This, of course, is one of the Left’s great Achilles heels. They often wind up allying themselves with very dubious groups and taking very dodgy positions because they worry so much about offending anyone. But by doing this they offend moderates. Sorry guys, but the day you start arguing against free speech is the day you have people like me shaking our heads and saying, “Well, I suppose I agree with some of the Conservatives’ policies…”
Back to sweat-shaming and I noticed that Ms Roe conflated sweat-shaming with fat-shaming. The latter is interesting and instructive as it demonstrates the great problem with the whole anti-shaming movement. On one hand, I don’t believe that anyone should be bullied for being overweight. But on the other, I despair whenever I see accusations of fat shaming being used to shut down arguments and demonise people, who often include medical experts. I’m overweight, but you know what – I would rather be called fat a thousand times than live in a world where we all have to pretend that morbid obesity is just another, perfectly acceptable “positive lifestyle choice”.
Sadly, though, it is becoming increasingly difficult to have a serious, evidence-based debate about obesity and health. And this is the problem in a nutshell. A fair chunk of the current Left-wing discourse (what the right often calls “resurgent PC”) seems to be about creating an atmosphere where it’s impossible to have a proper discussion for fear of upsetting someone and being cast as a bigot by their supporters. Thus, things we desperately need to debate, get ignored. In a funny sort of way, it reminds of how the American right have made the climate-change debate about everything except the facts.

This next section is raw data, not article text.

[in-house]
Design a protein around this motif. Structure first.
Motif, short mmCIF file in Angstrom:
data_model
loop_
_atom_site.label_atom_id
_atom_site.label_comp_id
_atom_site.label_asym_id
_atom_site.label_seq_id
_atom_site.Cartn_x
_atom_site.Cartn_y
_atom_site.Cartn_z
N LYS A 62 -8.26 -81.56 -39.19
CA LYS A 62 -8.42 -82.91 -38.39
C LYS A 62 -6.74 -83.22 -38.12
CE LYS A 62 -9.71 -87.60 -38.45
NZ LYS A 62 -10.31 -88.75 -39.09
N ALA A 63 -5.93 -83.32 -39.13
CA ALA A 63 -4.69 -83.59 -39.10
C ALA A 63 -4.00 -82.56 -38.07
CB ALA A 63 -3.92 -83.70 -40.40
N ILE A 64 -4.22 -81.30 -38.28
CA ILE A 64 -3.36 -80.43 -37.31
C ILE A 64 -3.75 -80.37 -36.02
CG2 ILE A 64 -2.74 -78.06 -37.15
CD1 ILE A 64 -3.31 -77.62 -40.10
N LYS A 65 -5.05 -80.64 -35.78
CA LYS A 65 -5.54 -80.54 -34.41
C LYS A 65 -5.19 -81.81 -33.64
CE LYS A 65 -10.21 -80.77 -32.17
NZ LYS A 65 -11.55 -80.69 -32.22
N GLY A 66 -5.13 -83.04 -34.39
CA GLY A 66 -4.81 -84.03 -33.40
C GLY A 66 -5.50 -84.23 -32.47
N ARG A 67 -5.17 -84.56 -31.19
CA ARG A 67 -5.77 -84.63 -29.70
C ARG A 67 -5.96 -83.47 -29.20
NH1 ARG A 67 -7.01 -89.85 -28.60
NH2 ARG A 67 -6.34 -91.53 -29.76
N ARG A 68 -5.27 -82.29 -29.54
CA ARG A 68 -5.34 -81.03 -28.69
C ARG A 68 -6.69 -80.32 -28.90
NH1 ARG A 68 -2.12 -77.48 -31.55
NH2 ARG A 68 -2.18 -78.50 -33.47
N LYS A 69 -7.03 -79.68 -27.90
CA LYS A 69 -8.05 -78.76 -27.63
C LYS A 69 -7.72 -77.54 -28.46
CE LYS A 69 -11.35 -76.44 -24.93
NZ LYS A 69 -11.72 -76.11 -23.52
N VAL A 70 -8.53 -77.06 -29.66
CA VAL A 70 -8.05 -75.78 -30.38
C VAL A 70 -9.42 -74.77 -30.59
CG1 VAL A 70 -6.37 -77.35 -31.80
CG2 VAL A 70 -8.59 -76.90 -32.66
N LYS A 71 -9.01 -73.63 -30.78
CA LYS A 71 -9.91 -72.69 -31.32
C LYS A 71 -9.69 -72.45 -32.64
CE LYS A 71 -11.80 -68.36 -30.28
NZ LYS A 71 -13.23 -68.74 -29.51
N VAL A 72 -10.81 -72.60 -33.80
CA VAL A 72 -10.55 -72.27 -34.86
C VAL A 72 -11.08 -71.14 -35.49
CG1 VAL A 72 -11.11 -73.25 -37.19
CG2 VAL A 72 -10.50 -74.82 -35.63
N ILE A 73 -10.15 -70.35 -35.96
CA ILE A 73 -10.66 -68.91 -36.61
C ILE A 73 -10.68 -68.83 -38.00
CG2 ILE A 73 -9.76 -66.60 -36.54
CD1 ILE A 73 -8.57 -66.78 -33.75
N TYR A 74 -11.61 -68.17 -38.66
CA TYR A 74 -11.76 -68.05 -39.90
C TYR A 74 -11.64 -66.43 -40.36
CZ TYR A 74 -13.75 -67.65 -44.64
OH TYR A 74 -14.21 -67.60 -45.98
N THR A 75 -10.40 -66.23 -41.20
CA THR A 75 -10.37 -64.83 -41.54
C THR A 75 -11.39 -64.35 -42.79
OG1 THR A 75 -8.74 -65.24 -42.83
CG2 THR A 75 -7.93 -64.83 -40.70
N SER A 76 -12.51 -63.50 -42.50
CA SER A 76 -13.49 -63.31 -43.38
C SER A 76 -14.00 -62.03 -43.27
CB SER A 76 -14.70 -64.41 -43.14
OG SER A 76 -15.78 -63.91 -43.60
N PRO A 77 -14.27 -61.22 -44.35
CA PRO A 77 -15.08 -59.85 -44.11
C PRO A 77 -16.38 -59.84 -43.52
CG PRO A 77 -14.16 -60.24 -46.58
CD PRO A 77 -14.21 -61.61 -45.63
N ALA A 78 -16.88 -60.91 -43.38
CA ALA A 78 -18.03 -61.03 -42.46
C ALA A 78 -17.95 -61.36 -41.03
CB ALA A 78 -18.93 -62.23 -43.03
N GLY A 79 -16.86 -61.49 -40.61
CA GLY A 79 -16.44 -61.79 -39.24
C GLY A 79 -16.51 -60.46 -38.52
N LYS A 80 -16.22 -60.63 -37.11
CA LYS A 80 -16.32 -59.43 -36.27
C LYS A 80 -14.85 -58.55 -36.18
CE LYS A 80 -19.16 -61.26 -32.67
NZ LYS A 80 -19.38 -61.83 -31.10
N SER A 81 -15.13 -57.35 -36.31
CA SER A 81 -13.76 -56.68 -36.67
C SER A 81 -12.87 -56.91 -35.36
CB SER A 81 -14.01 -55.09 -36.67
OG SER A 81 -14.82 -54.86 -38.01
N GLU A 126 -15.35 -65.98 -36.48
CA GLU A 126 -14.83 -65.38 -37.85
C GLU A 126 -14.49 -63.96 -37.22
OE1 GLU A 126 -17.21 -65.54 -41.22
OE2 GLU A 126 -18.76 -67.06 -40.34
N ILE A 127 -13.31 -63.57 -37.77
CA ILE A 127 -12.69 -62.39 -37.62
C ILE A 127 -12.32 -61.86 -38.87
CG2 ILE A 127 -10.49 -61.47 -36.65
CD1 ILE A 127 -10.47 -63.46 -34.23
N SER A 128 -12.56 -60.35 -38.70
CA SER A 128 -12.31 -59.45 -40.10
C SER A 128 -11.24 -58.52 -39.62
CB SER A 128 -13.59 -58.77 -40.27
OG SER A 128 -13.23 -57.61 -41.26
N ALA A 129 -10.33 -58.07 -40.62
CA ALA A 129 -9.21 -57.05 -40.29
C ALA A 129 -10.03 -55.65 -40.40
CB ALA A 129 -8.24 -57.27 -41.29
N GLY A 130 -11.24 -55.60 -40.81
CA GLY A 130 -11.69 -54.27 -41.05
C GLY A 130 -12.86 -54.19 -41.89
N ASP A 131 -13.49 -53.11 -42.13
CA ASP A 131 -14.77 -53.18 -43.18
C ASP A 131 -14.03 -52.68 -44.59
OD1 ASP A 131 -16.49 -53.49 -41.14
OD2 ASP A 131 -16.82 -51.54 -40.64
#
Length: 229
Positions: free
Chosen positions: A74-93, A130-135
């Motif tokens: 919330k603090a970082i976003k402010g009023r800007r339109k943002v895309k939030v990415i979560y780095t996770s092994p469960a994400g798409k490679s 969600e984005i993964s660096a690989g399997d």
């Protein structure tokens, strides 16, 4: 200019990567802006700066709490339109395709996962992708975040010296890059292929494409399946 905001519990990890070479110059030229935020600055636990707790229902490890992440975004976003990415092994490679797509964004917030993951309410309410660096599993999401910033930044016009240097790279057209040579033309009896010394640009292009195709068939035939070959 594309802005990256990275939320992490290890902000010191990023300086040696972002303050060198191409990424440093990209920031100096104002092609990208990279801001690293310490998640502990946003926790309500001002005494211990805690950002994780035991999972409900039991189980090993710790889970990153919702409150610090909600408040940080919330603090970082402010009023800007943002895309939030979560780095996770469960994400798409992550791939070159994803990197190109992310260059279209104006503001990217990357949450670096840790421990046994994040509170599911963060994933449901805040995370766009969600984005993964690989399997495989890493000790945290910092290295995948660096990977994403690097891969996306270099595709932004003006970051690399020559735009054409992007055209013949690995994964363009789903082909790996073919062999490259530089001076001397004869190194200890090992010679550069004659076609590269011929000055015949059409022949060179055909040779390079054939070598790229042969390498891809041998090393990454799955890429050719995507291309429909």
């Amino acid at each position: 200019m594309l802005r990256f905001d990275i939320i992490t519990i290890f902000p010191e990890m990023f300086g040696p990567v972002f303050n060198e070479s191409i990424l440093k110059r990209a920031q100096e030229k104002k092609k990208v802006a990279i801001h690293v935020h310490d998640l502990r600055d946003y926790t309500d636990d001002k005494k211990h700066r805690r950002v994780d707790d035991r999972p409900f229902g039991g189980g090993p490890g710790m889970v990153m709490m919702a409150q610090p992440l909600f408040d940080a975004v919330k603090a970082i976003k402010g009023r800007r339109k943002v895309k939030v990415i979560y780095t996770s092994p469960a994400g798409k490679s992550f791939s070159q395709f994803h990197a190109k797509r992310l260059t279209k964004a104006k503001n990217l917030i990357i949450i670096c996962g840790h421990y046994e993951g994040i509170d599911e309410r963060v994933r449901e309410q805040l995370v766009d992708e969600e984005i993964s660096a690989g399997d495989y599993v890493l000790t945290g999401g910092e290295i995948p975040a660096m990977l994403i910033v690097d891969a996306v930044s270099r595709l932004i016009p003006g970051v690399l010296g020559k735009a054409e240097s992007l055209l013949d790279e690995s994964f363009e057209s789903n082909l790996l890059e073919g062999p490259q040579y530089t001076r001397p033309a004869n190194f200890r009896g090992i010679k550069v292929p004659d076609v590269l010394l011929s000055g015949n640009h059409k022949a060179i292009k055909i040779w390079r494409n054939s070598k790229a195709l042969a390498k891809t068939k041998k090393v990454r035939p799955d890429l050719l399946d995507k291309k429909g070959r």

So I suppose all I’m calling for is a bit of common sense and a return to some of the resilient, take-it-on the chin attitude that we Brits used to pride ourselves on. As for Amy Roe, she’s American, so I suppose I’d suggest that she takes a nice cool shower and calms down. If this sounds patronising, it’s not. I’m not sweat-shaming her. Rather, I’m speaking as a fellow human being who perspires heavily. Believe me, Amy, I’ve struggled with my own sweaty demons my adult entire life – and I don’t like seeing you being stupid-shamed.